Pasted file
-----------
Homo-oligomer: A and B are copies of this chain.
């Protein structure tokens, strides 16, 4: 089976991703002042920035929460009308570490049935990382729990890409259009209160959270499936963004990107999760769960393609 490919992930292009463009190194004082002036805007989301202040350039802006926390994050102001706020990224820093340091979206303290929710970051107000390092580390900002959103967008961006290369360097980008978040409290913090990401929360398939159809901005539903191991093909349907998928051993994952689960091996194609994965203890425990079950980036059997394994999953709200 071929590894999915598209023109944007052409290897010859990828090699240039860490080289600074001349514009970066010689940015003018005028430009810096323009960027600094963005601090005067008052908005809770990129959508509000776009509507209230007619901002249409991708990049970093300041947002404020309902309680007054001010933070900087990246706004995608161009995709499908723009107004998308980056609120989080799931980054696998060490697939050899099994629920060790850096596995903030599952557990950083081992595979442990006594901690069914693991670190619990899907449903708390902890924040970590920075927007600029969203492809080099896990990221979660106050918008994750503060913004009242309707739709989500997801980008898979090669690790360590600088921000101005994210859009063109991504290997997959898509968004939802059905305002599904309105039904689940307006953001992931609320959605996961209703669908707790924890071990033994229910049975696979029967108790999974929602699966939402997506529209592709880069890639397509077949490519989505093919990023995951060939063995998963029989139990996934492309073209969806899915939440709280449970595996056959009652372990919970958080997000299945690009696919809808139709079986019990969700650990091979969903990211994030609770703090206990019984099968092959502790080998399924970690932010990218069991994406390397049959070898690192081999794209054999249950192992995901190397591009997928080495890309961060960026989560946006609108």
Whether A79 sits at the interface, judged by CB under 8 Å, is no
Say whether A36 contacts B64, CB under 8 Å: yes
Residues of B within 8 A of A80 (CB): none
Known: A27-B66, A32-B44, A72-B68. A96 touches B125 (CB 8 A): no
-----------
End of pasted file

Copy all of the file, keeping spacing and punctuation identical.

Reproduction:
Homo-oligomer: A and B are copies of this chain.
């Protein structure tokens, strides 16, 4: 089976991703002042920035929460009308570490049935990382729990890409259009209160959270499936963004990107999760769960393609 490919992930292009463009190194004082002036805007989301202040350039802006926390994050102001706020990224820093340091979206303290929710970051107000390092580390900002959103967008961006290369360097980008978040409290913090990401929360398939159809901005539903191991093909349907998928051993994952689960091996194609994965203890425990079950980036059997394994999953709200 071929590894999915598209023109944007052409290897010859990828090699240039860490080289600074001349514009970066010689940015003018005028430009810096323009960027600094963005601090005067008052908005809770990129959508509000776009509507209230007619901002249409991708990049970093300041947002404020309902309680007054001010933070900087990246706004995608161009995709499908723009107004998308980056609120989080799931980054696998060490697939050899099994629920060790850096596995903030599952557990950083081992595979442990006594901690069914693991670190619990899907449903708390902890924040970590920075927007600029969203492809080099896990990221979660106050918008994750503060913004009242309707739709989500997801980008898979090669690790360590600088921000101005994210859009063109991504290997997959898509968004939802059905305002599904309105039904689940307006953001992931609320959605996961209703669908707790924890071990033994229910049975696979029967108790999974929602699966939402997506529209592709880069890639397509077949490519989505093919990023995951060939063995998963029989139990996934492309073209969806899915939440709280449970595996056959009652372990919970958080997000299945690009696919809808139709079986019990969700650990091979969903990211994030609770703090206990019984099968092959502790080998399924970690932010990218069991994406390397049959070898690192081999794209054999249950192992995901190397591009997928080495890309961060960026989560946006609108």
Whether A79 sits at the interface, judged by CB under 8 Å, is no
Say whether A36 contacts B64, CB under 8 Å: yes
Residues of B within 8 A of A80 (CB): none
Known: A27-B66, A32-B44, A72-B68. A96 touches B125 (CB 8 A): no